A few years ago, I reflected on years of doctoral field-notes documenting the homes of tinkerers — people with an extraordinary commitment to DIY living. It occurred to me that despite their DIY skills, few of these tinkerers had built or maintained front fences.
In a culture where fences are fixtures in the urban landscape, these people tended not to have clear boundaries between their homes and the street, and their gardens spilled into civic space.
This might be significant at a time of populist momentum to “build a wall” between nation-states, and when 65 million refugees are seeking new homes globally.
The tinkerers I studied shared values of “open”: open source, open access, open gardens, a sharing economy, creative commons and a transparent government. And those who inhabited fenceless homes didn’t show any signs of feeling insecure.
They were connected with the commons — that is, shared public resources such as nature strips, neighbourhood parks and public transport. Their tinkering at home was a source of belonging and identity against deregulated job markets — a force driving the populist sentiment that’s displacing people globally and erecting barriers between them.
Their stories support research suggesting that fences – or their absence – can reflect and even shape our political commitments.
Fences that alienate people
Many scholars explain how our structures align with our politics. As American sociologist Langdon Winner described it: “artifacts can contain political properties”.
One of his examples is the low-clearance bridges around parklands on Long Island, New York. Their structural peculiarity seems charming, but historical documents reveal the bridges were designed as fences-in-disguise.
Poor people and racial minorities, who normally used public transport, were discouraged from accessing the parklands because buses couldn’t fit through these overpasses. The bridges were designed so the elite could enjoy the “public” parks free from the underclasses.
And many other civic structures function materially or psychologically to exclude people.
Known as hostile architecture, these include bus shelters designed to prevent homeless people sleeping in them, and benches embedded with metal skate deterrents to prevent skateboarders gliding over them.
Read more: Designed features can make cities safer, but getting it wrong can be plain frightening
Retreat from civic responsibility
Similarly, fenced properties can “shrink the notion of civic engagement and allow residents to retreat from civic responsibility”, according to Edward Blakely, a Berkley professor of urban design.
Fenced properties encourage castle doctrines (a mindset of fortification) and social splitting (which justifies us-versus-them thinking).
For instance, at the 1987 inception of Sanctuary Cove, Australia’s first gated community, the developer told reporters:
the streets these days are full of cockroaches and most of them are human. Every man has a right to protect his family, himself and his possessions, to live in peace and safety.
Yet according to a United Nations Habitat report, fenced communities can experience more crime than unfenced ones, and they foster paranoia and social division. This is because, as British international affairs journalist Tim Marshall describes it: “physical divisions are mirrored by those in the mind.”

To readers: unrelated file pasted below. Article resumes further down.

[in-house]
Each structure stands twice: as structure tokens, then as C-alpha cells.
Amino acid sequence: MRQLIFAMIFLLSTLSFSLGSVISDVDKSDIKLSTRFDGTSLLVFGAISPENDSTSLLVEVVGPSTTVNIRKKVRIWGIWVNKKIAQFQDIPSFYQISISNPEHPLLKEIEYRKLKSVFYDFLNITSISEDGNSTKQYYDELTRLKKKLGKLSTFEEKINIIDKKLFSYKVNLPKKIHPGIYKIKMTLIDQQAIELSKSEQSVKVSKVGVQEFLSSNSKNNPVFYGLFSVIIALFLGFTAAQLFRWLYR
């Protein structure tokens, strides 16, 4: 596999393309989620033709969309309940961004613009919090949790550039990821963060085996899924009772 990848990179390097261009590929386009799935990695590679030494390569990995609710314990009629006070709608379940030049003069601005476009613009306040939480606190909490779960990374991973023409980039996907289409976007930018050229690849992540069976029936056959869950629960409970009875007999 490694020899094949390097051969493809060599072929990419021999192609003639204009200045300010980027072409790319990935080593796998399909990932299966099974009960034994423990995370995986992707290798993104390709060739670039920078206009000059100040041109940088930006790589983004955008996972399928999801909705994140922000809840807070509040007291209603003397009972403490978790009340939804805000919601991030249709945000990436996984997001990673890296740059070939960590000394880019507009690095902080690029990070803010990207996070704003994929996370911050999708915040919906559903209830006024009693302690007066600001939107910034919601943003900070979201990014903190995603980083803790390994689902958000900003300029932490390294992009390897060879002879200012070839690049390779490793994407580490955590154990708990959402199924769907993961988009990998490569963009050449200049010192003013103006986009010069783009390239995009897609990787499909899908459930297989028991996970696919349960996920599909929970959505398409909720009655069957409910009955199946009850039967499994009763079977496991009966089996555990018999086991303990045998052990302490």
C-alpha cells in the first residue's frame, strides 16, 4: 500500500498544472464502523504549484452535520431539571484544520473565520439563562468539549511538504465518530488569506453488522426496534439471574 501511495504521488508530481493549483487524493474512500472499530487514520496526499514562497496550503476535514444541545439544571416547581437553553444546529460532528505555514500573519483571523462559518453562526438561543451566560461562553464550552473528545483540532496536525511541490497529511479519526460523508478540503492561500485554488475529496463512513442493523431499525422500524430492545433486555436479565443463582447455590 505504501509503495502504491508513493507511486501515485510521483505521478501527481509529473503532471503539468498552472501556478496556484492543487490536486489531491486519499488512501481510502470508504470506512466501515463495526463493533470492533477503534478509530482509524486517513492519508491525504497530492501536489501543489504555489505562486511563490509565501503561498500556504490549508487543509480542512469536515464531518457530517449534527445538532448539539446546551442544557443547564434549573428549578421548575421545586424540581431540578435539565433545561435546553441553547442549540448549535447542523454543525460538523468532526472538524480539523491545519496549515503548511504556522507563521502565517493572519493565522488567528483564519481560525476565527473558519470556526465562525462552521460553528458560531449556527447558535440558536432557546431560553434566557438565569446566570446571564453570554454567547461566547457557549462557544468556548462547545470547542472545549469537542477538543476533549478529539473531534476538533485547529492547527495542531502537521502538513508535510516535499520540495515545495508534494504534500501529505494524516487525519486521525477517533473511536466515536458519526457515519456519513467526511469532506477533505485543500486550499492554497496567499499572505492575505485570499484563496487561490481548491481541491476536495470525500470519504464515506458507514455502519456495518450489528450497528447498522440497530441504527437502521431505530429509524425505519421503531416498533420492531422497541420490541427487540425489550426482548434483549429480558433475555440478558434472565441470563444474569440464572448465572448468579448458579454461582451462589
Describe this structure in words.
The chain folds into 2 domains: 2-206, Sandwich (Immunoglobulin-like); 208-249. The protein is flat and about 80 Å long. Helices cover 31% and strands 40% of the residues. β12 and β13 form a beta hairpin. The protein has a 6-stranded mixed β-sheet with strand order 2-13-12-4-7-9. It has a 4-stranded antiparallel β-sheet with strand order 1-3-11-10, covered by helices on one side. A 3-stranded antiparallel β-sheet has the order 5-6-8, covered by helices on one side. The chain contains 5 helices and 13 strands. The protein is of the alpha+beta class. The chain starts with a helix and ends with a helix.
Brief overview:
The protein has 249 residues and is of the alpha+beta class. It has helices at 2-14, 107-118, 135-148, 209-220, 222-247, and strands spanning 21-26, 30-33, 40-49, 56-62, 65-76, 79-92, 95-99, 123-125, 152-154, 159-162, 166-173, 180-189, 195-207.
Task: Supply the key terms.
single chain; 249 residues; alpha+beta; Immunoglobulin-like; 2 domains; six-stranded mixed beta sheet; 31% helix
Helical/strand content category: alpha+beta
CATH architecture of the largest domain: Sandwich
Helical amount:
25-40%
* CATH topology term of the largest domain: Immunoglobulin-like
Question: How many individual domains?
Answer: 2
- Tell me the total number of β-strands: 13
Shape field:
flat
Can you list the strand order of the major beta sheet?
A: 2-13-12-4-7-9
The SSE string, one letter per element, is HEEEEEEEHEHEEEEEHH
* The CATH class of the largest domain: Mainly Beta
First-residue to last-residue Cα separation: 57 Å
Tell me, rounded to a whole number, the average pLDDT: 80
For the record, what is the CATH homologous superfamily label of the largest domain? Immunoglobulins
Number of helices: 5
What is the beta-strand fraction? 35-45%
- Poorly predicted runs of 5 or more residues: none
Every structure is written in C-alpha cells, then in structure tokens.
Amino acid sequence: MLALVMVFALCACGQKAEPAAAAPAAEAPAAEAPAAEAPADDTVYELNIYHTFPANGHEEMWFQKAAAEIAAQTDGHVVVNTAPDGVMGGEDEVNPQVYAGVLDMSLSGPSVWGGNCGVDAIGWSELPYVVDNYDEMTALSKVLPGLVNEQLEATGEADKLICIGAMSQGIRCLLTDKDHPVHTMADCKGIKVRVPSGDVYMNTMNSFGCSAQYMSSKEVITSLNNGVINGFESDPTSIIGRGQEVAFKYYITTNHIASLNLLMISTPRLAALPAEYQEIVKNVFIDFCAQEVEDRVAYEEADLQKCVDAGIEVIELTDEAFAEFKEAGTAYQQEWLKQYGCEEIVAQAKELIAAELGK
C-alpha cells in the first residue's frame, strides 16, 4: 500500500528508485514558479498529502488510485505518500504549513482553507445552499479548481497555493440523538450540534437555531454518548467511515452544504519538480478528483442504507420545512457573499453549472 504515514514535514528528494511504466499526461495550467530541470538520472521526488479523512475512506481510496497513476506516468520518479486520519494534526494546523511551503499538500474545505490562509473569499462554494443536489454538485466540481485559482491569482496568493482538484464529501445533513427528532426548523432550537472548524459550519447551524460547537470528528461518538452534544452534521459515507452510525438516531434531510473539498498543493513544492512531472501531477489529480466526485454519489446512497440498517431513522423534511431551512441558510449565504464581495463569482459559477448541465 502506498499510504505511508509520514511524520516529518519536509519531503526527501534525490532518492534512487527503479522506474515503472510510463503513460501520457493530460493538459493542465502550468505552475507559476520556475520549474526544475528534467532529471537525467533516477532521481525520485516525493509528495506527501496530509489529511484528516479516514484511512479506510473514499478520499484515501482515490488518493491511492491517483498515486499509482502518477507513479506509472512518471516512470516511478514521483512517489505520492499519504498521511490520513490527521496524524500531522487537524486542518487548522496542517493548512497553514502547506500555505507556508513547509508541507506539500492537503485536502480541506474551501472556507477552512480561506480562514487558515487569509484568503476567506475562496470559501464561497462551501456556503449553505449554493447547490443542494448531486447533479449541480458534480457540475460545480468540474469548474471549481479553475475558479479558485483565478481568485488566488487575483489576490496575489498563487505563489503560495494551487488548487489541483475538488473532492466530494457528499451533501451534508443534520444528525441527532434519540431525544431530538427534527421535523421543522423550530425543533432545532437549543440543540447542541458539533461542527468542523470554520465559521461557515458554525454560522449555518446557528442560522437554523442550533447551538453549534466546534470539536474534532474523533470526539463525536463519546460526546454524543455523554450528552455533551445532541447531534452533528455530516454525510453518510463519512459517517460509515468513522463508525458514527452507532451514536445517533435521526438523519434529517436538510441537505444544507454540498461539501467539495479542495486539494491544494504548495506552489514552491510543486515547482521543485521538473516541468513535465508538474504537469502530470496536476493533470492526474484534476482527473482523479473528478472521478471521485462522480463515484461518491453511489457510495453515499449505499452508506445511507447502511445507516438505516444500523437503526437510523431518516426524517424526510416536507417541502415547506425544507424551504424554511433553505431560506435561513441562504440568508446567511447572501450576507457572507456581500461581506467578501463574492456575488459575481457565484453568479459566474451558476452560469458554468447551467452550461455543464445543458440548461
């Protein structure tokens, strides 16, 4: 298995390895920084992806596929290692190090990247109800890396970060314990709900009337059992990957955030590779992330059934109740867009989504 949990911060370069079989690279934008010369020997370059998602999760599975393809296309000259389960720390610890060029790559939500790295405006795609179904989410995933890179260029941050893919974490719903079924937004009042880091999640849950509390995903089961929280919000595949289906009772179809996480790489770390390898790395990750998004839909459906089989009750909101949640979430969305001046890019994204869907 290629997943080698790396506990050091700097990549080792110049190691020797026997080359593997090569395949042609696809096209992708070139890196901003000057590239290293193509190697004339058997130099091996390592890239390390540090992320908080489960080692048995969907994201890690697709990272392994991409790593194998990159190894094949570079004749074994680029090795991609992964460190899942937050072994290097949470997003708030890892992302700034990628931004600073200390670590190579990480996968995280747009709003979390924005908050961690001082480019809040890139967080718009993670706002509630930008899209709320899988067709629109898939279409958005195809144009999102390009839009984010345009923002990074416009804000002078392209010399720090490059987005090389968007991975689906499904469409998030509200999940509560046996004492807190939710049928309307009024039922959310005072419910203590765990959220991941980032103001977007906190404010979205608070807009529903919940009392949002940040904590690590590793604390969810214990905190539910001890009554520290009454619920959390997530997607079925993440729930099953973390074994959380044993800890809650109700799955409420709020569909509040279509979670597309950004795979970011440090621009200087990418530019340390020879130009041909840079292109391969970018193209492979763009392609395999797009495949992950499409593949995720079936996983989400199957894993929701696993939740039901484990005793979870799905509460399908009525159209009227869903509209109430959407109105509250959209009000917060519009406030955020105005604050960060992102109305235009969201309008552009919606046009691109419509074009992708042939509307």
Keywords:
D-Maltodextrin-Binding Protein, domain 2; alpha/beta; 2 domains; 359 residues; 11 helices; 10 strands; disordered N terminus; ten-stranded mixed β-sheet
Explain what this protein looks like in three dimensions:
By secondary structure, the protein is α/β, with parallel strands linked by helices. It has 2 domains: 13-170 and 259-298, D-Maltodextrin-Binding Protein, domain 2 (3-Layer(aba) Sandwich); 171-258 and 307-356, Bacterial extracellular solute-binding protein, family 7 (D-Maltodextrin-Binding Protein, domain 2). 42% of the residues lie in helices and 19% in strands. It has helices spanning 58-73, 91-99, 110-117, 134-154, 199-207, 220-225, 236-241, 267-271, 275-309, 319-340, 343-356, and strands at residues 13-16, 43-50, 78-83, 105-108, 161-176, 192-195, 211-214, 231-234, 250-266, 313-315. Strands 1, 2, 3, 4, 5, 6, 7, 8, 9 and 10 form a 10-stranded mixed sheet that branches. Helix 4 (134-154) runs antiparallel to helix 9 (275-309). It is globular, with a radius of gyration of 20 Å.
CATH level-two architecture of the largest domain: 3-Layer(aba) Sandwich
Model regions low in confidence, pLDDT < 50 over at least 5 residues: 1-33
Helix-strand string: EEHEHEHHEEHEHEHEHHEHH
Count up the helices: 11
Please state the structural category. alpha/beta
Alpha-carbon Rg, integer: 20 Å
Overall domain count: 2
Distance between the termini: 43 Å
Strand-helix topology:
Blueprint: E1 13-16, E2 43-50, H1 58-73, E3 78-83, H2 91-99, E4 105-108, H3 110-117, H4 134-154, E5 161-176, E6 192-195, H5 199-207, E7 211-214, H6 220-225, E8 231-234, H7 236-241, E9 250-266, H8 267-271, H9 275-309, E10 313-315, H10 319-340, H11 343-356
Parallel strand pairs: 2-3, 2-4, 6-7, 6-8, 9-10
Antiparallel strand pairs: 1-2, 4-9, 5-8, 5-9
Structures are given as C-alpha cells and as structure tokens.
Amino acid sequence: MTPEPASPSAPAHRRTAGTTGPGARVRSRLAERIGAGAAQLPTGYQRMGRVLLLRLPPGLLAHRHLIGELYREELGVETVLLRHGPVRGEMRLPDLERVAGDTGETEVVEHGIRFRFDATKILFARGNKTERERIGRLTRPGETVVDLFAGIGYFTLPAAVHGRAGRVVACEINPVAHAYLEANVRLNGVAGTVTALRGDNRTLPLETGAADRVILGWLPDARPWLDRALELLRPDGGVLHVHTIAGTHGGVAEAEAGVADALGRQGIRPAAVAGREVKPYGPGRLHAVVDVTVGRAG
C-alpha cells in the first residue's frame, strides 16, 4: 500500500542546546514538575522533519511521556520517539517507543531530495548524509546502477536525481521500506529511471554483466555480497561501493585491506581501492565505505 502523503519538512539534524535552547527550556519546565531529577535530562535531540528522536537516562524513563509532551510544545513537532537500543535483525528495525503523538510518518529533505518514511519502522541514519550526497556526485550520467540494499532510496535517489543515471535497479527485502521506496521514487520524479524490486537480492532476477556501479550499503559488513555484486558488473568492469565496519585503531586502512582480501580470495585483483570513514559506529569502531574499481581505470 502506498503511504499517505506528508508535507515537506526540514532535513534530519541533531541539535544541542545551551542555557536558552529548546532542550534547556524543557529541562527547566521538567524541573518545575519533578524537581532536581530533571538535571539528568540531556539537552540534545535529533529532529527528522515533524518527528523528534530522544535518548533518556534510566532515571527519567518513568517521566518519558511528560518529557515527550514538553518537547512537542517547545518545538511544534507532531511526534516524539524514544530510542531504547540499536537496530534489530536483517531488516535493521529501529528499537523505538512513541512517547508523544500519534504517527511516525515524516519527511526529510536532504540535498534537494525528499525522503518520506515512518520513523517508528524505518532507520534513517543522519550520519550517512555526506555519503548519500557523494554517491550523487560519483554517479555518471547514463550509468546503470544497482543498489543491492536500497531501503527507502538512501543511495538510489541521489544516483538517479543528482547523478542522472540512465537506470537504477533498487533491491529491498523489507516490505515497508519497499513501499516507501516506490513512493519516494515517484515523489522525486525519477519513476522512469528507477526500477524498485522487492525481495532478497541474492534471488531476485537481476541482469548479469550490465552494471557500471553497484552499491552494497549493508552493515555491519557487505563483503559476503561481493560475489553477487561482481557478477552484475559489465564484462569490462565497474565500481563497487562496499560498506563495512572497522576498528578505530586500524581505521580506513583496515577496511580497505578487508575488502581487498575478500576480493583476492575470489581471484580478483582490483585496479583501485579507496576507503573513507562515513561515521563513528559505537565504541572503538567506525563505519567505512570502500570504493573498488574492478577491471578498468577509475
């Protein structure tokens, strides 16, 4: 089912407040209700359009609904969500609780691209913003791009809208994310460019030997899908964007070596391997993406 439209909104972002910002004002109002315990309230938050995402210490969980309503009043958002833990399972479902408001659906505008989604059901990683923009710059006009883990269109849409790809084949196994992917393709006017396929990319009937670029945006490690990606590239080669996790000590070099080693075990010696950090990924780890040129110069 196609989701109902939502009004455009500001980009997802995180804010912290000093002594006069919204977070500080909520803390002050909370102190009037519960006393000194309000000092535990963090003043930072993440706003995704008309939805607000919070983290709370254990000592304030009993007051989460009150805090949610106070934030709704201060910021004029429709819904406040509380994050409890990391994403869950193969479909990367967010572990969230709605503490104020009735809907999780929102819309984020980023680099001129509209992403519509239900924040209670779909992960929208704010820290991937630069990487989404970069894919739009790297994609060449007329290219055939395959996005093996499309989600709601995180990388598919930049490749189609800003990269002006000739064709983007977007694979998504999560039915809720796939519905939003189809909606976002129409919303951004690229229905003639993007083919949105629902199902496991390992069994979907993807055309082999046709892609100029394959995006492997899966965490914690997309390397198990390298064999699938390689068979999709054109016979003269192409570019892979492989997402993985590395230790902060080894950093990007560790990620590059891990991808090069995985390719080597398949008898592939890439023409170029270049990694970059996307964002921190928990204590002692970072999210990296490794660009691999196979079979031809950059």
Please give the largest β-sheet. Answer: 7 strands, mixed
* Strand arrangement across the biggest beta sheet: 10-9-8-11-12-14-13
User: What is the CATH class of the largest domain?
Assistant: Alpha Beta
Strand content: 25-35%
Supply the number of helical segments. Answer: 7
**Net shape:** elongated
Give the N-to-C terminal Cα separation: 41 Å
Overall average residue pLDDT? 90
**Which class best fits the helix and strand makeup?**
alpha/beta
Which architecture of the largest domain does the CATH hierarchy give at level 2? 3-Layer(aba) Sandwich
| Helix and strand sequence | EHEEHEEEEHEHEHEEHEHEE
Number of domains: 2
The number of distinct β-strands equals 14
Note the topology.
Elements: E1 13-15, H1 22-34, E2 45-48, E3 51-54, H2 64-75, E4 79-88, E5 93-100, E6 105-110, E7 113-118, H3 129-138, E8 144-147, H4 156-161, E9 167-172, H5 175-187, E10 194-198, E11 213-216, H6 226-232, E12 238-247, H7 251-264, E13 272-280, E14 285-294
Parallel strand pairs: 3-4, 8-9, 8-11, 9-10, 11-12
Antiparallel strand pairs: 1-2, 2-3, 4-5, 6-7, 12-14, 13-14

First Australians didn’t need fences
Historian Bill Gammage describes pre-colonial Australia as “a farm without fences”.
He explains why settler-descendants find it difficult to conceive of our country – or of agriculture – as a commons and a continuum in ways First Nations Australians did. In other words, colonists experienced the environment as separate from themselves, regarding it as an economic resource that could be demarcated and privatised.
“Fences on the ground,” Gammage explains, “create fences in the mind”.
For millennia, First Australians practised animal husbandry by being attuned to — rather than fencing off — their surrounding environment. Even in introduced farming systems, it’s possible to manage livestock without fencing, using rotational herd grazing which doesn’t involve permanent fences.
Australia now has the longest fences on earth. One, the Rabbit Proof Fence, stretches 3,256 kilometres and featured in a 2002 film of the same name.
These have lessened the impact of introduced pests, but they have also prevented wildlife migration, causing ecosystem catastrophes and mass die-offs of emus and other species.
Read more: From Australia to Africa, fences are stopping Earth's great animal migrations
An act of civic kindness
Urban fences, too, arrived with colonisation, and demolishing them is an act of civic kindness – if not a step towards decolonisation.
This idea isn’t new: in 1924, Canberra’s civic planners placed a ban on front fences to:
encourage people to be good citizens [therefore] making a community and not allowing people to form ghettos.
The ban persists to this day.
More recent urban developments such as street libraries and verge gardens (nature strips) have challenged perceived borders between civic and private spaces. These potentially involve struggles between citizens, public authorities and private industries, opening legal frontiers around duty of care and rights of access.
Yet they’re proliferating without incident, and operating as gestures of civic generosity.
Tasmanian philosopher Jeff Malpas believes we rehearse conversations and metaphors in our architectural constructions. One example might be our use of “white picket fence” to describe a cluster of bourgeois or aspirational values.
As one of the world’s biggest markets for razor wire fencing, we frequently invoke wire fencing as a shorthand for asylum-seeker imprisonment.
Recent research into displacement by Tony Blair’s former policy advisor concluded:
the route to power to change society starts at home.
Thinking outside the fence — or demolishing it completely — may be a good start.